> Subject: RE: Examples of language changes in websites
> Hello Jens and list,
> Thanks for your comments about my article. Judging by your 
> remarks, I haven't explained well enough what was my goal 
> with the article. A few weeks ago, guideline 3.1 was 
> discussed in the telecon. Specifically, we were talking about 
> the need to identify the language, including language 
> changes, since not doing so could lead to serious 
> accessibility problems. Wendy and other people mentioned they 
> would like some real world examples of situations where 
> changes in language which were not identified could lead to 
> accessibility problems. 
> That's what I tried to do in this article. I simply meant to 
> describe different examples of language switches, and briefly 
> touch the accessibility problems that result from those. I 
> never meant to ban English words from Dutch (I would be left 
> with a decimated vocabulary myself). I totally agree with you 
> that that has nothing to do with WAI. I also didn't mean that 
> authors using a lot of English words should reword their 
> websites. I just meant to show the accessibility problems 
> that can occur because of this, which _is_ a WAI issue.
> I tried to describe what happens in real life, so WCAG can 
> come up with guidelines to help the authors of that site make 
> their page accessible, English phrases and all. I did not 
> mean that people had to rewrite their pages or ban English 
> words. Making a page such as the LogicaCMG one accessible 
> would require, in my opinion, that each English phrases is 
> identified as such. 
> Also, these examples can be used to see how much effort a 
> certain guideline would mean for some pages. Identifying the 
> languages of the LogicaCMG site would require a lot more 
> effort than the Shell example, for instance. 
> I will go into some of the points you made in more detail. 
> > > http://www.heritas.nl/wcag/language.html
> > 
> > first of all, I'm not sure if 'Cadeaushoppen' is an English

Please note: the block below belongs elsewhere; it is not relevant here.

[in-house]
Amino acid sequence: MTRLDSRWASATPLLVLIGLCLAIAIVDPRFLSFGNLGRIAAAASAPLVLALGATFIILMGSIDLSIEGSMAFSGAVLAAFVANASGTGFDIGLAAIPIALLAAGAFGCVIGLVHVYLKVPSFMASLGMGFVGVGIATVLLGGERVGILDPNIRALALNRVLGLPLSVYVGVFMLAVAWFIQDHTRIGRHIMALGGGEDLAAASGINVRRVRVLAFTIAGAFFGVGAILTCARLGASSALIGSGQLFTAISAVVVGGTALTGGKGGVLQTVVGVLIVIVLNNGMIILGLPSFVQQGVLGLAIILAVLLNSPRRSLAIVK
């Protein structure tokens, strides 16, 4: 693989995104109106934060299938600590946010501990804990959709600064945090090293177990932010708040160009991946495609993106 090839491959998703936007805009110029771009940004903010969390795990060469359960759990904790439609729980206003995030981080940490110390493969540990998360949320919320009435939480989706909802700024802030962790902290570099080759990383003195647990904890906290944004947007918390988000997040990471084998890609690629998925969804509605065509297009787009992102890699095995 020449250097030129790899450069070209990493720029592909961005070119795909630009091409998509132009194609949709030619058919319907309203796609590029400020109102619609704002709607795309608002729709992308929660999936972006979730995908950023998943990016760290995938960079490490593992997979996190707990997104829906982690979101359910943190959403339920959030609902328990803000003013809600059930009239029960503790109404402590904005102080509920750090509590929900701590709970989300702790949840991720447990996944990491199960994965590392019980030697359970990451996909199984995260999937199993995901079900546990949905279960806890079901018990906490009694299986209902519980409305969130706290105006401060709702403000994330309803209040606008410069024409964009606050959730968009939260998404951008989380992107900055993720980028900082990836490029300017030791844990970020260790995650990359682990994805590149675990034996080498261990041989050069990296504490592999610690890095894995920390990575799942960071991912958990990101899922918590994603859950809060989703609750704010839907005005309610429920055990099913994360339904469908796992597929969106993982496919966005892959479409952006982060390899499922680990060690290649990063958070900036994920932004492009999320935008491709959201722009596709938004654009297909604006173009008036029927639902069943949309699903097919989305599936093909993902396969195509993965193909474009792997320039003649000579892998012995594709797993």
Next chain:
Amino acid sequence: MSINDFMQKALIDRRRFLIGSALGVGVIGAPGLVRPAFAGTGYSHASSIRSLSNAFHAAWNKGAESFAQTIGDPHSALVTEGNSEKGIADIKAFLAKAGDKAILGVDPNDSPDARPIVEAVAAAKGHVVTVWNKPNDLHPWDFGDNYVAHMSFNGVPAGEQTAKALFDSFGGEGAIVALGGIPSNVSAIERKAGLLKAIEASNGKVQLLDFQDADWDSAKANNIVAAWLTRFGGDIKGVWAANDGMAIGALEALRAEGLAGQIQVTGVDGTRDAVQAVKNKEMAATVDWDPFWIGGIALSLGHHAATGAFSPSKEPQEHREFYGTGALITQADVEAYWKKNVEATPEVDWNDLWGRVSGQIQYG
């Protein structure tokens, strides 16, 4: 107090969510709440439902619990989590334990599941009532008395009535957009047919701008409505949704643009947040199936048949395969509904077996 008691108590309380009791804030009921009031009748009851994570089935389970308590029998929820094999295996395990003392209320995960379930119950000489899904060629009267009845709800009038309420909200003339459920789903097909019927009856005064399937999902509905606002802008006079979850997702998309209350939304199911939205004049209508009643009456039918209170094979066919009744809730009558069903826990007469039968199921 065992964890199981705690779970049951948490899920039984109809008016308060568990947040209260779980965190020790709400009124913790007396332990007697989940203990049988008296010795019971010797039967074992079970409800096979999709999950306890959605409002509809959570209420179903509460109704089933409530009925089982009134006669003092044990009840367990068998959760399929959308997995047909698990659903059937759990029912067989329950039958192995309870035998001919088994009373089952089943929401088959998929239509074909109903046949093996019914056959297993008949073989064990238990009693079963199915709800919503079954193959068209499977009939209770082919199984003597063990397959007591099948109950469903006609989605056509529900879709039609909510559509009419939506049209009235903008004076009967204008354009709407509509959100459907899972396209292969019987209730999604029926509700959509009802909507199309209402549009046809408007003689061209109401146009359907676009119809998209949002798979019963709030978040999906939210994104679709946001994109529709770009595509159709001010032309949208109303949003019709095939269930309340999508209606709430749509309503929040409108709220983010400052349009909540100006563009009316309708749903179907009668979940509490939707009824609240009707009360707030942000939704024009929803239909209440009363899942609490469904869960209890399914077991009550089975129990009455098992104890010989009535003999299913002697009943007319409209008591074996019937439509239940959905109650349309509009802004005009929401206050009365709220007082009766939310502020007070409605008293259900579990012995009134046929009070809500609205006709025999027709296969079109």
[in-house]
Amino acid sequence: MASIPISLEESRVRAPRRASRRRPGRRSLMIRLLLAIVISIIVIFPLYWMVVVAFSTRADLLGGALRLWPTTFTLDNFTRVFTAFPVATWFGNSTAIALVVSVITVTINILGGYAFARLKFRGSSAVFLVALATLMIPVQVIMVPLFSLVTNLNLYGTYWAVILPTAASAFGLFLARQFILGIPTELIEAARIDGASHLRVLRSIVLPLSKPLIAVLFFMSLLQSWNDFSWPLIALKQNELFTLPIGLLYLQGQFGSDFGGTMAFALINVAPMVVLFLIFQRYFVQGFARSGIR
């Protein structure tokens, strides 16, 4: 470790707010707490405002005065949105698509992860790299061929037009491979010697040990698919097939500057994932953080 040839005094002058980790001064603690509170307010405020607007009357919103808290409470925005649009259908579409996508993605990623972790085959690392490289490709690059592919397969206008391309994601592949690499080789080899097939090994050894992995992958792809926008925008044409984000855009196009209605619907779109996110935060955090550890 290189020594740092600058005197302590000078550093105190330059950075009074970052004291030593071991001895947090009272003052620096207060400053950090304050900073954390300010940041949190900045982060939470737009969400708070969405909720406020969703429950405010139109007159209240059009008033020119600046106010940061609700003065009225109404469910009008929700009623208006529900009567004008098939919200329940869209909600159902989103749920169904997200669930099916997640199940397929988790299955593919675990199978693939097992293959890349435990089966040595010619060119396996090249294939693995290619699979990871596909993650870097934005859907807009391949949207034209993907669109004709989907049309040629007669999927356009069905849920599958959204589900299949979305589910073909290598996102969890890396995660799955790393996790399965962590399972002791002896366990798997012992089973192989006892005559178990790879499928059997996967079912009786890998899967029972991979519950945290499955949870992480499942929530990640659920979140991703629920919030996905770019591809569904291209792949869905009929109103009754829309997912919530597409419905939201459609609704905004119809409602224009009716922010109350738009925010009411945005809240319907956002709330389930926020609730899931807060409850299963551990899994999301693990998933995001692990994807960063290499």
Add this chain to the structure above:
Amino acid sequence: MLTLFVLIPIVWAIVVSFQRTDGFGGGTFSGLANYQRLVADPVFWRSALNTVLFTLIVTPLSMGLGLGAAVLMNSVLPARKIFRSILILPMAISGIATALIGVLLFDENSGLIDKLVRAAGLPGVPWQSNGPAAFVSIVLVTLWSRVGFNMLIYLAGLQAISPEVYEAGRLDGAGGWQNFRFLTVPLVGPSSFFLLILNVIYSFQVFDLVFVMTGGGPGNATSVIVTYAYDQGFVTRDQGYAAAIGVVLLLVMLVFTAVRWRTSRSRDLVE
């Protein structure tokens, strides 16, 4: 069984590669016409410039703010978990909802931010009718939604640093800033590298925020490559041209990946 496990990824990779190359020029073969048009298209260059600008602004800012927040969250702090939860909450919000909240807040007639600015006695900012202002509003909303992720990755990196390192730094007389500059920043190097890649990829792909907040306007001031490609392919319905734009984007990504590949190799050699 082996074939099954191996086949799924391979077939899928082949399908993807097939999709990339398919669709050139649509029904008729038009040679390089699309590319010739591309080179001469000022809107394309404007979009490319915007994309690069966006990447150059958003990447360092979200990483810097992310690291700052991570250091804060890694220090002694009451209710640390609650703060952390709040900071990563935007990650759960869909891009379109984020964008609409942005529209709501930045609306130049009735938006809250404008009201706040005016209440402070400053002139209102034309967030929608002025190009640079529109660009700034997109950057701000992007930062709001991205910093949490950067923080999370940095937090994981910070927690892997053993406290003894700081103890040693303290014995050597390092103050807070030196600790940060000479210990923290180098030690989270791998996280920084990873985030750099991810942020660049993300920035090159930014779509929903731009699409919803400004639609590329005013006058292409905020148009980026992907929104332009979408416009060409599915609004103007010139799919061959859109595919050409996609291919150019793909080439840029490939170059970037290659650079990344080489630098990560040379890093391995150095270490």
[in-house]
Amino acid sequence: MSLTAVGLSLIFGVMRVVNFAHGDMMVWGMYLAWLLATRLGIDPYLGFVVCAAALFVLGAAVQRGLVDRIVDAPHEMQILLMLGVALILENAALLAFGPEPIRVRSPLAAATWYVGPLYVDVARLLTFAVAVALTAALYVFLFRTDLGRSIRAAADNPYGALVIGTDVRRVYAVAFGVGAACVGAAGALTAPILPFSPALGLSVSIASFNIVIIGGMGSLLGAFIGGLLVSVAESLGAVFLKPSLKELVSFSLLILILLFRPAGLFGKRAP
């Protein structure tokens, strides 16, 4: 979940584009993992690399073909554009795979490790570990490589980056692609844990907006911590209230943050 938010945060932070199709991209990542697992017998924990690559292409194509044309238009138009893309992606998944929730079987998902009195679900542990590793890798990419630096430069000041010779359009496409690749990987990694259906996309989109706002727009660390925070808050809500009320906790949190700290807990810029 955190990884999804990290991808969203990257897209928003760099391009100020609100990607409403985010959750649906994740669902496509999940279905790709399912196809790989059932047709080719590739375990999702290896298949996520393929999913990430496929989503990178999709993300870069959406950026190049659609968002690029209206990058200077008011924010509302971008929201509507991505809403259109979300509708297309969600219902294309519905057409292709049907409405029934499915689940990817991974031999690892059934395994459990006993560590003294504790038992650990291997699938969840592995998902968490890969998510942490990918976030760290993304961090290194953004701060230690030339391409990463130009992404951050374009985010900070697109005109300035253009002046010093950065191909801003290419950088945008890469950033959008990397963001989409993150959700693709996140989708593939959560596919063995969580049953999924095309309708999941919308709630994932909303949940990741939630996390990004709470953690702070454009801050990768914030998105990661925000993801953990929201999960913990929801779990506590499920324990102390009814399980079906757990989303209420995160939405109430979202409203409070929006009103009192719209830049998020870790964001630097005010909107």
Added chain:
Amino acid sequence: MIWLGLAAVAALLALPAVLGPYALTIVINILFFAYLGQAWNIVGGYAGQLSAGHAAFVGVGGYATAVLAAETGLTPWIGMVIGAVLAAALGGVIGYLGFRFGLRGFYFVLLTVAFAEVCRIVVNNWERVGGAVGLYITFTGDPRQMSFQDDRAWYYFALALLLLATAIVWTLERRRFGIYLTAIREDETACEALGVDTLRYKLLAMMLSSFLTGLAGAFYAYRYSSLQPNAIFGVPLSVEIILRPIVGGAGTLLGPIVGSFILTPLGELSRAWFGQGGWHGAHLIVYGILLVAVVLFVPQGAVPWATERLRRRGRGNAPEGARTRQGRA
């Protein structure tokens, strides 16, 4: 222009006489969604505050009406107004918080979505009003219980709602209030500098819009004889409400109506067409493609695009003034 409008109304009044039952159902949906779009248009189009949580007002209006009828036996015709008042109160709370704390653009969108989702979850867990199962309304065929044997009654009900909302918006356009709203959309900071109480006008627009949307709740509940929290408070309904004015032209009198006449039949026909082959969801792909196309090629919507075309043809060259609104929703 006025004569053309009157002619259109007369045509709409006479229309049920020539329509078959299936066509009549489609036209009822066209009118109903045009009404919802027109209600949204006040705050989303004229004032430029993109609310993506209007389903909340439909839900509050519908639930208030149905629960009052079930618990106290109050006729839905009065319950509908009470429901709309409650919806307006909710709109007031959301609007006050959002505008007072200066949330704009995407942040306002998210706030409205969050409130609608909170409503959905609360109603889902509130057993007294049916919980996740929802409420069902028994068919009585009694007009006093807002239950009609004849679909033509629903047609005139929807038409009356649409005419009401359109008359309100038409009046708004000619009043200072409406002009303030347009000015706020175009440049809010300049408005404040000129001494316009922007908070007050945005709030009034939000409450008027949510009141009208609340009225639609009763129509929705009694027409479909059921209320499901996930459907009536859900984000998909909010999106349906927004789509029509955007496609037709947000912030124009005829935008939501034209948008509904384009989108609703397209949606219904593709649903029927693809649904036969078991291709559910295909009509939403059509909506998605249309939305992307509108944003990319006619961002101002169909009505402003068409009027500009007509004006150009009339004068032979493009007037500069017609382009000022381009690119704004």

> > term (CMIIW), sounds either Dutch or like a made-up word to 
> > me. 
> Yes, you're right. That's what I tried to explain below that 
> list of English
> words:
> "Another Dutch phenomenon can be seen here, the hybrid word 
> "cadeaushoppen" where a Dutch word is glued to an English 
> word, apparently to make it sound more dynamic. " 
> FYI: The Dutch language has a powerful mechanism for creating 
> new words, just like other languages such as German do. You 
> can simply glue together two words and make a new one. 
> "Giftshopping" would be the corresponding English word if 
> English had the same mechanism. Such words can be constructed 
> on-the-fly and because of this, many can not be found in 
> dictionaries. With a hybrid word such as 'cadeaushoppen', the 
> correct pronounciation would be French for 'cadeau' and 
> English for 'shoppen'. Tag that in your HTML :-)
> > And maybe you started a biased analysis,
> > scrutinizing only international companies.
> My task as I saw it was to come up with examples where 
> language changes would lead to accessibility problems. I 
> agree with you that international companies are more likely 
> to use English words and phrases and that this is not a 
> representative sample of Dutch websites. But that was not my goal. 
> > PS.
> > Please excuse the provocative tenor in this post, but I claim
> > there are above all several constructive assertions.
> No offense taken, I appreciate any comments about my article. 
> Your post helps me to realize I have not succeeded in 
> describing well enough what the purpose of the article was. I 
> will wait for further comments and then rewrite parts of it.
> Yvette Hoitink
> CEO Heritas, Enschede, The Netherlands
> E-mail: y.p.hoitink@heritas.nl
Received on Thursday, 4 December 2003 08:04:25 UTC